We know how important it is that all small businesses are compliant with state tax obligations. Our accounting team have helped numerous clients over the years with tax issues to ensure they remain compliant, working with your business to develop a tax strategy that benefits you.

Is figuring out your tax obligations and getting everything together taxing you?

Wilson Porter have solutions for you. Simply fill out our contact form to find out more.

What is the current concessional superannuation contributions cap?

The concessional contributions cap for 2015/16 and 2016/17 is $30,000 per person. If you are aged 49 or over on 30 June 2016 then the cap is $35,000.

The concessional cap is proposed to be reduced to $25,000 for all individuals from 1 July 2017.

Contributions over the cap amount are subject to extra tax. This extra tax is called the excess concessional contributions tax.

All concessional contributions to all of your super funds in a financial year are counted toward the concessional contributions cap. If you have a defined benefit super interest, notional contributions are also counted towards the cap.

If you have a residential rental property are you claiming a building write off?

You can only claim a deduction for the capital works on residential rental properties you built after 17July 1985.

If you own a rental property, you may be able to claim a deduction (usually at the rate of 2.5% per year in the 40 years following construction) for the construction cost of:

extensions, such as a garage or patio
alterations, such as adding an internal wall, kitchen renovations or bathroom makeovers
structural improvements – such as a gazebo, carport, sealed driveway, retaining wall or fence.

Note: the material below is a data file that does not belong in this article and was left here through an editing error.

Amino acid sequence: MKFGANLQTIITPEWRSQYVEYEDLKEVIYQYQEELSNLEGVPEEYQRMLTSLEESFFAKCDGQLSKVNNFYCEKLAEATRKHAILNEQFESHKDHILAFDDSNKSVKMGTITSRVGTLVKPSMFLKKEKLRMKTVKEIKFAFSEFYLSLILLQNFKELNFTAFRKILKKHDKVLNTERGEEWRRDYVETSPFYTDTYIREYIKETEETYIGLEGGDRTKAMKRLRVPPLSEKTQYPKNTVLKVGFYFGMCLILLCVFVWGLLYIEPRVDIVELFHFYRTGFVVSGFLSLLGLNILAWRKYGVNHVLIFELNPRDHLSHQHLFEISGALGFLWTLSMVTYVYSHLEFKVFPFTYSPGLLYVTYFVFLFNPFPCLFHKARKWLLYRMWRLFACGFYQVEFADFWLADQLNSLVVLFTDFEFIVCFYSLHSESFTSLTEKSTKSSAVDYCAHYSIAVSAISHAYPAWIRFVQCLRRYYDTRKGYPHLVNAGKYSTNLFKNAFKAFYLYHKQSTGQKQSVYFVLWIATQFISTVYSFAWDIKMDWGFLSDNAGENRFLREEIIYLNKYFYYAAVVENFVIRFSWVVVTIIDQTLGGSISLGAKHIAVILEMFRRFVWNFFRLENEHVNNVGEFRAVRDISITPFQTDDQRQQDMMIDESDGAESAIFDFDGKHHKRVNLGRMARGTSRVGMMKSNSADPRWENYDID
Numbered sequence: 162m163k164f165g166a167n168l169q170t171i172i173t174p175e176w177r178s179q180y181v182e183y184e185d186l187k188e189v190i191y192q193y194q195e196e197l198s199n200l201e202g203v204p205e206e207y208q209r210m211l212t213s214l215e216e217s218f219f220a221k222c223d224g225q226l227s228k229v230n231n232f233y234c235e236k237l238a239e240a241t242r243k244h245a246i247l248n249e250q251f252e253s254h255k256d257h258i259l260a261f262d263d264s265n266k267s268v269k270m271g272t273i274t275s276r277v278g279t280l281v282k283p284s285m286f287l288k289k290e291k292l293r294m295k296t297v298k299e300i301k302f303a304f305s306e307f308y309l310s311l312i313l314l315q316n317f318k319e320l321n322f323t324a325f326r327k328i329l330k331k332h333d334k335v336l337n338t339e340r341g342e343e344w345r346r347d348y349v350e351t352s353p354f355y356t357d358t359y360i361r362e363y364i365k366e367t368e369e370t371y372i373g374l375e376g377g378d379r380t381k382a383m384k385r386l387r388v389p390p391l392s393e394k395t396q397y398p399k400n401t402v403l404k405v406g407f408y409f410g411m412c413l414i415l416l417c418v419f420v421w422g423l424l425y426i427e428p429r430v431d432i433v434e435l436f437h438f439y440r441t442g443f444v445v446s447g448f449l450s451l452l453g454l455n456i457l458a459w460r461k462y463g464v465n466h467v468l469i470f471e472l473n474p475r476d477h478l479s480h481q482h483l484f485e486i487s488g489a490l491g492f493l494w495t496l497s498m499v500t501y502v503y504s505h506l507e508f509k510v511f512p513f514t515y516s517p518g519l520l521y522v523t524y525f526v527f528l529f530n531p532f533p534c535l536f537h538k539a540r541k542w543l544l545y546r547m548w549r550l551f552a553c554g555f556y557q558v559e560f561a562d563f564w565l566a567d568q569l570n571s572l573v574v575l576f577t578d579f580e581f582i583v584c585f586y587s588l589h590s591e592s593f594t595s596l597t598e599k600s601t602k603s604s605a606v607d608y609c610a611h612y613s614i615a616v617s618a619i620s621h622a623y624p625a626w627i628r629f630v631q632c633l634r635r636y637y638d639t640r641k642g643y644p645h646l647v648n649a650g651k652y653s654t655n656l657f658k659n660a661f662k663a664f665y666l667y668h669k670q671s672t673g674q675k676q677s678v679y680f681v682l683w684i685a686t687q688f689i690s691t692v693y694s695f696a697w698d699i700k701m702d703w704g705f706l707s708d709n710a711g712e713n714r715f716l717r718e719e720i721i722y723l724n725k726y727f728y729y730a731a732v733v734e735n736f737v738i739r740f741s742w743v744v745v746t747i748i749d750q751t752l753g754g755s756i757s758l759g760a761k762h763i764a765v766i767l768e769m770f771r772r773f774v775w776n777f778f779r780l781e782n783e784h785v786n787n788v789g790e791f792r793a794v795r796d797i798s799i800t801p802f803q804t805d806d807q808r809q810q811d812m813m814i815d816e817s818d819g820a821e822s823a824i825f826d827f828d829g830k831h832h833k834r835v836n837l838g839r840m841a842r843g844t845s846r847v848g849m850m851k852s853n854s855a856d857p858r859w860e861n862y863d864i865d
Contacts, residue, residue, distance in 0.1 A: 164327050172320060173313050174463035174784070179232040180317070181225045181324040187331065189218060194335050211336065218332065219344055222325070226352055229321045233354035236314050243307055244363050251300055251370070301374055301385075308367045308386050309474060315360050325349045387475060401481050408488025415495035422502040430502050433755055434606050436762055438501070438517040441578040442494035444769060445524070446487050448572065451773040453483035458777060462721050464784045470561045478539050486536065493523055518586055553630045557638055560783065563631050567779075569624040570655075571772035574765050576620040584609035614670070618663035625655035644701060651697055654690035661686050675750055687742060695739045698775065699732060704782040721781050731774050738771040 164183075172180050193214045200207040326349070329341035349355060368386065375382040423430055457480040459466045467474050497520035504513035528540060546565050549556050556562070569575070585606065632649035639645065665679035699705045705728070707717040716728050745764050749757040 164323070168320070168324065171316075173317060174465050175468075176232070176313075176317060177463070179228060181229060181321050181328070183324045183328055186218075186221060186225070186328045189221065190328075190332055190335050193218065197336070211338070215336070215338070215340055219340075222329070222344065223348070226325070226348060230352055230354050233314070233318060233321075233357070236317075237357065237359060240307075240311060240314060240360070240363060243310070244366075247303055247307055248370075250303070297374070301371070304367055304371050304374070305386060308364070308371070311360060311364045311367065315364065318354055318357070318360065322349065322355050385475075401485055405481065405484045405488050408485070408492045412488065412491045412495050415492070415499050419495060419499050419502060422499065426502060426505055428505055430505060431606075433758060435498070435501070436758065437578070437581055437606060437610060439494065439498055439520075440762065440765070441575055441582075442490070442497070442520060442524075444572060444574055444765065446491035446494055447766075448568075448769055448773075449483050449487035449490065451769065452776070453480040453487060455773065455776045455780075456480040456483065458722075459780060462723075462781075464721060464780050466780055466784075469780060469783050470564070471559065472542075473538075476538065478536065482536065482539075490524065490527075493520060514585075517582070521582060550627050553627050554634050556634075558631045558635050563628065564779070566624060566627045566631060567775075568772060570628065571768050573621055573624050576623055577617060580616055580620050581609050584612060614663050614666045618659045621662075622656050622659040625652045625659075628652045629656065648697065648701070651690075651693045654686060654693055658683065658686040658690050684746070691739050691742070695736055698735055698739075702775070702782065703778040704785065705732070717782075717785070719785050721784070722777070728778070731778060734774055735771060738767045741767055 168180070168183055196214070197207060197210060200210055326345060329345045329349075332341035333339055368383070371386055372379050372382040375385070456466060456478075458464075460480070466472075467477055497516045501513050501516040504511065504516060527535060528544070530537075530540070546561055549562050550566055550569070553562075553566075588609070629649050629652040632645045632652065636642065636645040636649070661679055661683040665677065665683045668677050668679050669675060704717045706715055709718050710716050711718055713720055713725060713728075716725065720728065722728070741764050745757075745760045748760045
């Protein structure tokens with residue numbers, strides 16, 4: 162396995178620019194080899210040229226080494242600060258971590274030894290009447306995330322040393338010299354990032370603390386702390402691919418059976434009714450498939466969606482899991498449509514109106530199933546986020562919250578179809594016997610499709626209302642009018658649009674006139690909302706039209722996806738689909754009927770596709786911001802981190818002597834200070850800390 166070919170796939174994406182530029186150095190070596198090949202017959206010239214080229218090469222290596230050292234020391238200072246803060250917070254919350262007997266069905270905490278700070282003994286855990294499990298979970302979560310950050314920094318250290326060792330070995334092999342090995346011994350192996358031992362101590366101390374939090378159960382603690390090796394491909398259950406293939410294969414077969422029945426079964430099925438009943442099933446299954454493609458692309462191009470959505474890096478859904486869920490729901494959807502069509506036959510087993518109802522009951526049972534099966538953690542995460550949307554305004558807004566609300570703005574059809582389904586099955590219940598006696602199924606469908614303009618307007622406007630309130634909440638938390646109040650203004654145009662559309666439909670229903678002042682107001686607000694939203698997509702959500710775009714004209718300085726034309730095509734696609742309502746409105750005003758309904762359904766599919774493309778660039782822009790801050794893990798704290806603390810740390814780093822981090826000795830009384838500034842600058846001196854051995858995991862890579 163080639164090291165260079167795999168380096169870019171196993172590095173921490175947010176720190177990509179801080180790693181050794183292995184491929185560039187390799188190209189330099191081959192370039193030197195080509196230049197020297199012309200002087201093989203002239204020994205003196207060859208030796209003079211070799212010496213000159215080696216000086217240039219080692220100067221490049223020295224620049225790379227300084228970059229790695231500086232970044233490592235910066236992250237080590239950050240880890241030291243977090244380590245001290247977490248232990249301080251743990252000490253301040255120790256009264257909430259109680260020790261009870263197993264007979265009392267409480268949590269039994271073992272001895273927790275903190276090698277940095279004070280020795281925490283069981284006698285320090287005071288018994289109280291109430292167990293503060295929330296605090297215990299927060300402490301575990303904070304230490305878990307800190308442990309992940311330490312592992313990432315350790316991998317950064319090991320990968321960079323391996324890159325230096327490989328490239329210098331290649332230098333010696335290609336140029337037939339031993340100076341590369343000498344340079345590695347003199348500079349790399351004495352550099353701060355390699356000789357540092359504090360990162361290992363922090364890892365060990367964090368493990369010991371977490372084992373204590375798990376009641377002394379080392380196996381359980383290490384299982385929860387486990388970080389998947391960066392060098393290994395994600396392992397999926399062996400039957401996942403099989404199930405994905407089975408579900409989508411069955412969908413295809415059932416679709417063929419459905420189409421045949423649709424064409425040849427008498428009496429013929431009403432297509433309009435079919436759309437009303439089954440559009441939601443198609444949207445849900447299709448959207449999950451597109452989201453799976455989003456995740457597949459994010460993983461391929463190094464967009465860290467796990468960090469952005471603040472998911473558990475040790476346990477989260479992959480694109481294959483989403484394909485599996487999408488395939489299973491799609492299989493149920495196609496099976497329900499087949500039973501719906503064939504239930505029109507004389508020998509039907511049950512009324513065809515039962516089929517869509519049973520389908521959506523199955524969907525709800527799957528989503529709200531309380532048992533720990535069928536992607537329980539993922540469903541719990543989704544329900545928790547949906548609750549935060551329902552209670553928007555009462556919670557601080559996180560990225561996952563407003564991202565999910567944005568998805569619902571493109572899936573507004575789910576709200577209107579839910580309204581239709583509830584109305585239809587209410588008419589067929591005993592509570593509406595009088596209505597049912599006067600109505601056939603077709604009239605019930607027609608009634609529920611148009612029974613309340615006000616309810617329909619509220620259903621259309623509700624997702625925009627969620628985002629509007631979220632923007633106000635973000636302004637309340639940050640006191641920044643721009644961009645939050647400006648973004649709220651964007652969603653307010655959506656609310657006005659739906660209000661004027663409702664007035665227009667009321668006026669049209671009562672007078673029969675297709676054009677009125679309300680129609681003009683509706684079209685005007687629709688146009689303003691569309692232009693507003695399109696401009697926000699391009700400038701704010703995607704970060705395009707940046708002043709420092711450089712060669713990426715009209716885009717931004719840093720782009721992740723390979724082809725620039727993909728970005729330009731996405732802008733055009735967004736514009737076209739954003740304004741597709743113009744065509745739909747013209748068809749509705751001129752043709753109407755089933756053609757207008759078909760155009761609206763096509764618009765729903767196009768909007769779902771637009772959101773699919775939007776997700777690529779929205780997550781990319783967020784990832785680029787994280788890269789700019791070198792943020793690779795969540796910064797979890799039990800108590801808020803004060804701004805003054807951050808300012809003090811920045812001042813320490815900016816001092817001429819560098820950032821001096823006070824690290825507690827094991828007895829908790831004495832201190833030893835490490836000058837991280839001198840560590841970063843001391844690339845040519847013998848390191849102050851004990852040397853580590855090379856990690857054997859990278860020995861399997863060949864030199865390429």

If you carried out the construction or contracted a builder to do so, you should make sure you keep detailed records of the construction costs.

If you purchased the property and do not have a record of the construction costs – for example, where the vendor did not provide them – you will need to obtain this information from an appropriately qualified person such as a quantity surveyor.

Interest Deductions on Loans used for mixed use

Interest can only be claimed as a tax deduction when the funds borrowed are used for income producing purposes, that is to buy a rental property or shares, etc.

It is common practice for financial institutions to offer redraw facilities against existing loans. This leads borrowers to draw down against the loan for other purposes, which may or may not be income producing.

Example: Phillip borrows $250,000 to buy a rental property. After 5 years the loan has reduced down to $120,000, the bank notes Phillip’s good repayment record and offers him to re-borrow against the house for other purposes. Phillip does so and draws $50,000 for a car for private purposes. The loan is now at $170,000.

Phillip wants to claim a tax deduction for all of the interest, however Phillip can only claim interest on the $120,000 because the $50,000 was used for private purposes. Any future interest paid can only be claimed on a proportionate basis of 70% being the amount relating to an income producing asset over the total amount of the loan (120,000/170,000).


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  • Tax Planning & Advice
  • GST
  • Income Tax Returns
  • Fringe Benefits Tax Returns
  • Land Tax and Payroll Tax